Jewish Doornfontein – Part 4

We continue on Ishvara Dhyan’s walking tour of Doornfontein

Beit Street


Beit Street For many generations immigrant Jews would make their way to Beit Street, a supportive Jewish enclave in Doornfontein. Beit Street used to be the commercial hub of the suburb, crowded with kosher butcheries, shoemakers, tailors, blacksmiths, carpenters and barbers, interrupted by bicycles, horses and carts or trams making their way down the middle of the street. Hawkers and pedlars crowded the pavements, with live chickens, eggs, ice and coal on sale. (City of Johannesburg – Jews mark 120 years)

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From Wikipedia, the free encyclopedia

History of the Jews in South Africa

From Union through World War II

Although the Jews were allowed equal rights after the Boer War, they again became subject to persecution in the days leading up to World War II. In 1930, the Quota Actof 1930 was intended to curtail the entry of Jews into South Africa. The vast majority of Jews immigrating to South Africa came from diaspora communities in Lithuania. The 1937 The Aliens Act, motivated by a sharp increase the previous year in the number of German Jewish refugees coming to South Africa, brought the migration to almost a complete halt. Some Jews were able to enter the country, but many were unable to do so. A total of approximately six-and-a-half thousand Jews came to South Africa from Germany between the years 1933 and 1939.[12] Many Afrikaners (i.e., Boers) felt sympathy for Nazi Germany, and organizations like Louis Weichardt’s “Grayshirts” and the pro-Nazi Ossewabrandwag were openly anti-Semitic. During World War I, many Afrikaners, who had little respect for Britain, objected to the use of “Afrikaner women and children from the British concentration camps” in fighting the German territory of South West Africa on behalf of Britain. This had the effect of drumming up pro-German sentiment among a population of Afrikaners. The opposition National Party argued that the Aliens Act was too lenient and advocated a complete ban on Jewish immigration, a halt in the naturalization of Jewish permanent residents of South Africa and the banning of Jews from certain professions.[13] After the war, the situation began to improve, and a large number of South African Jews, generally a fairly Zionist community,[6] made aliyah to Israel. While it is understandable that many South African Jews would feel uncomfortable with formerly pro-Nazi Afrikaners rising to power in 1948, many leading apartheid-era Afrikaner politicians publicly apologized to the South African Jewish community for their earlier anti-semitic actions and assured it of its continued safety in South Africa.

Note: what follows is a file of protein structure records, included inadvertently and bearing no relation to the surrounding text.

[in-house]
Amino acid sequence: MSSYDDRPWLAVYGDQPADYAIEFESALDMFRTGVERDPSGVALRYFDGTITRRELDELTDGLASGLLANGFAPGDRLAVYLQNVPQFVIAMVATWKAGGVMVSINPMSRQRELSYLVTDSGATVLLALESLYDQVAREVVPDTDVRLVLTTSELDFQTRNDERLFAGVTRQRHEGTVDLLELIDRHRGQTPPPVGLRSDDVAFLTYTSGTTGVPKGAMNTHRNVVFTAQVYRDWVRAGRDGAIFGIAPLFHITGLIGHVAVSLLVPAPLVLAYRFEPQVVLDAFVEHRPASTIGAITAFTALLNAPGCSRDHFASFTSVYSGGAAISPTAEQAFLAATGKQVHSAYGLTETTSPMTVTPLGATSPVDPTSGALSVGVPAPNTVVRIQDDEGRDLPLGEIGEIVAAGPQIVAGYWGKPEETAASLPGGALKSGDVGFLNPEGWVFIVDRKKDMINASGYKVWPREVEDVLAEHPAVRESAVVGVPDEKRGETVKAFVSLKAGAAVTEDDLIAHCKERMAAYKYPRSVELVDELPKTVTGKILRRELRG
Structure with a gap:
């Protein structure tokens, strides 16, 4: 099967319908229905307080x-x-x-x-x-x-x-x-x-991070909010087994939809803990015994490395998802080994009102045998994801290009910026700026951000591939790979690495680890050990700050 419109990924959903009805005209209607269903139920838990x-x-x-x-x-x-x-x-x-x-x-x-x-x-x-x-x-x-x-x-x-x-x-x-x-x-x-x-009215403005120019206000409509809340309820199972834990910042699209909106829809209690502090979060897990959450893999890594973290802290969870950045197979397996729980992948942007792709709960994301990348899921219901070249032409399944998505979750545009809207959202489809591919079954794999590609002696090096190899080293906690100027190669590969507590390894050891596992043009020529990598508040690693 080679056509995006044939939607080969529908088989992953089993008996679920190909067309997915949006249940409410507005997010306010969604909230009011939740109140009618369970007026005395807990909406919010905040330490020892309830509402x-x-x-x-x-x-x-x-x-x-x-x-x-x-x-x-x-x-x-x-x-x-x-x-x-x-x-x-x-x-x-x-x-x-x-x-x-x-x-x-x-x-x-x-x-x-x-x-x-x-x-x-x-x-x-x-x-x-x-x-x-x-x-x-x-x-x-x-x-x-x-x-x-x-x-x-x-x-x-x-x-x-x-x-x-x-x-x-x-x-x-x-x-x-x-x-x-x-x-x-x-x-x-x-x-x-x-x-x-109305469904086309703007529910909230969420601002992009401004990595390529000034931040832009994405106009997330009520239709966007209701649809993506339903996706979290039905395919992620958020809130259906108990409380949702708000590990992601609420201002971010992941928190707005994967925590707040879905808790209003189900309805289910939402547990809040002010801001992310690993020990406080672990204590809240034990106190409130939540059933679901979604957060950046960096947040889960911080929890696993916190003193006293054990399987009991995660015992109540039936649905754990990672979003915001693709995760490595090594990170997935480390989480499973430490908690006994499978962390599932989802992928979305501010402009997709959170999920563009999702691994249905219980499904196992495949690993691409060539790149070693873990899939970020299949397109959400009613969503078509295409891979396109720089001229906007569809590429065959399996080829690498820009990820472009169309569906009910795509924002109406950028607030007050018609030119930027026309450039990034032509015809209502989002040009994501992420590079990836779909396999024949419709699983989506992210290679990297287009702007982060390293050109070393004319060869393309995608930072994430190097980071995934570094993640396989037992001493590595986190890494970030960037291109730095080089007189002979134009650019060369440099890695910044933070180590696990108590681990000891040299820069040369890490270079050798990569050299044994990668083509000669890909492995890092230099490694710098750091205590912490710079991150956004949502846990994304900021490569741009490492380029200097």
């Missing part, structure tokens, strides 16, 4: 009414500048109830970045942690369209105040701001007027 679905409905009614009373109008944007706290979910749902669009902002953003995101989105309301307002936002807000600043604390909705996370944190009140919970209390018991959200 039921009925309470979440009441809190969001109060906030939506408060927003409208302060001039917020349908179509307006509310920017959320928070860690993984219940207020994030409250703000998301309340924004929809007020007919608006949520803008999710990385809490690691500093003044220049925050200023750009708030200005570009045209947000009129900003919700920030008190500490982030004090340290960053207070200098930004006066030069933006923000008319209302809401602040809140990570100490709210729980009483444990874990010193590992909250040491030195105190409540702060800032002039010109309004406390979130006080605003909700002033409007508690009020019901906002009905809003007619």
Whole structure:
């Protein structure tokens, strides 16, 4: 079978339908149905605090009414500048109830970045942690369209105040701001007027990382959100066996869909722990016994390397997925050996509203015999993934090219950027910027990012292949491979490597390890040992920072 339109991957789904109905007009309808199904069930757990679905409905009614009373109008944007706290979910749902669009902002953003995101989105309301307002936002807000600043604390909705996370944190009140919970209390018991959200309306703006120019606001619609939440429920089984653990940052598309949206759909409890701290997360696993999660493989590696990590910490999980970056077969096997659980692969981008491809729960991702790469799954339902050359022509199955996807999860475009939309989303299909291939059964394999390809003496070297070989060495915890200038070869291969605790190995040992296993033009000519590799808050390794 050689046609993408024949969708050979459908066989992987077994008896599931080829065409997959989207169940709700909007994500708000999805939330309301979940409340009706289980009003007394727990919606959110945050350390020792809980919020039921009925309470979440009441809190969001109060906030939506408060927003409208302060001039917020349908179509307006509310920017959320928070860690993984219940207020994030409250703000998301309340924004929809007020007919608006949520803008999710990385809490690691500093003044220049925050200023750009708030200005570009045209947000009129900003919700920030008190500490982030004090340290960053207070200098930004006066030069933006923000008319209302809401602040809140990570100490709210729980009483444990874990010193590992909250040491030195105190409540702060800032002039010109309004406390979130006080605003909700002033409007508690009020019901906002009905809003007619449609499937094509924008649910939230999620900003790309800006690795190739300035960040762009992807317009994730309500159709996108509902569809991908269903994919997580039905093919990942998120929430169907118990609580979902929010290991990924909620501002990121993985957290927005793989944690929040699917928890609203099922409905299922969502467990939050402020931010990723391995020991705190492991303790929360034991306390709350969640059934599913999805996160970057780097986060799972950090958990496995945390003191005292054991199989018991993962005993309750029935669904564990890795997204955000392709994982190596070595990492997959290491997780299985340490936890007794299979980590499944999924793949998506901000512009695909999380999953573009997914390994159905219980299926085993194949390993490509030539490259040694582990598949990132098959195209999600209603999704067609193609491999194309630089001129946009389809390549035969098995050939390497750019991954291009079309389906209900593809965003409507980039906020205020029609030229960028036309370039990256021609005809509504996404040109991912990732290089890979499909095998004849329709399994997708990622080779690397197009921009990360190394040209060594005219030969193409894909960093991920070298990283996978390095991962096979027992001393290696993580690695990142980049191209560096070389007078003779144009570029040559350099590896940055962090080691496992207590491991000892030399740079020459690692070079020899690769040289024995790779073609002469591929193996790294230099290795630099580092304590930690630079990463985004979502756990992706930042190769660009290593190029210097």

During this time, there were also two waves of Jewish immigration to Africa from the island of Rhodes, first in the 1900s and then after 1960.[14][15]

The German Jewish Refugees – Elfreda Court


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The Jewish Government School

Education Several Jewish schools were built, and one, the Jewish Government School, now the IH Harris Primary School in Davies Street, Doornfontein, still goes strong. Yiddish used to be the only language heard in the playground. (City of Johannesburg – Jews mark 120 years)

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The Ottoman Consulate

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From Ishvara

Screen Shot 2016-03-24 at 8.35.38 AM

The Seven Synagogues of Doornfontein :

* Great Synagogue ( Wolmeraans St ) 1914
* Lion Shul ( Harrow Rd ) 1905
* Beit Hamedrash HaGodel ( Sherwell St ) 1931
* Altesheim Shul ( Louisa St ) 1927
* Chassidishe Shul ( Siemert St ) 1930
* Ponevez Shul ( Hilner St ) 1931
* Poswohl Shul ( Mooi St ) 1921


The Beth Hamedrash HaGodel is where famous Latvian Cantor Berele Chagy sang 1932 – 1941

Greeks in South Africa

From Wikipedia, the free encyclopedia
 The Greek community in South Africa numbers about 13,000 people, according to the US Library of Congress.[1]
Notable people

Johannesburg’s first Greek Orthodox Church 1913

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Marc Latilla’s excellent work on the old suburbs of Johannesburg.

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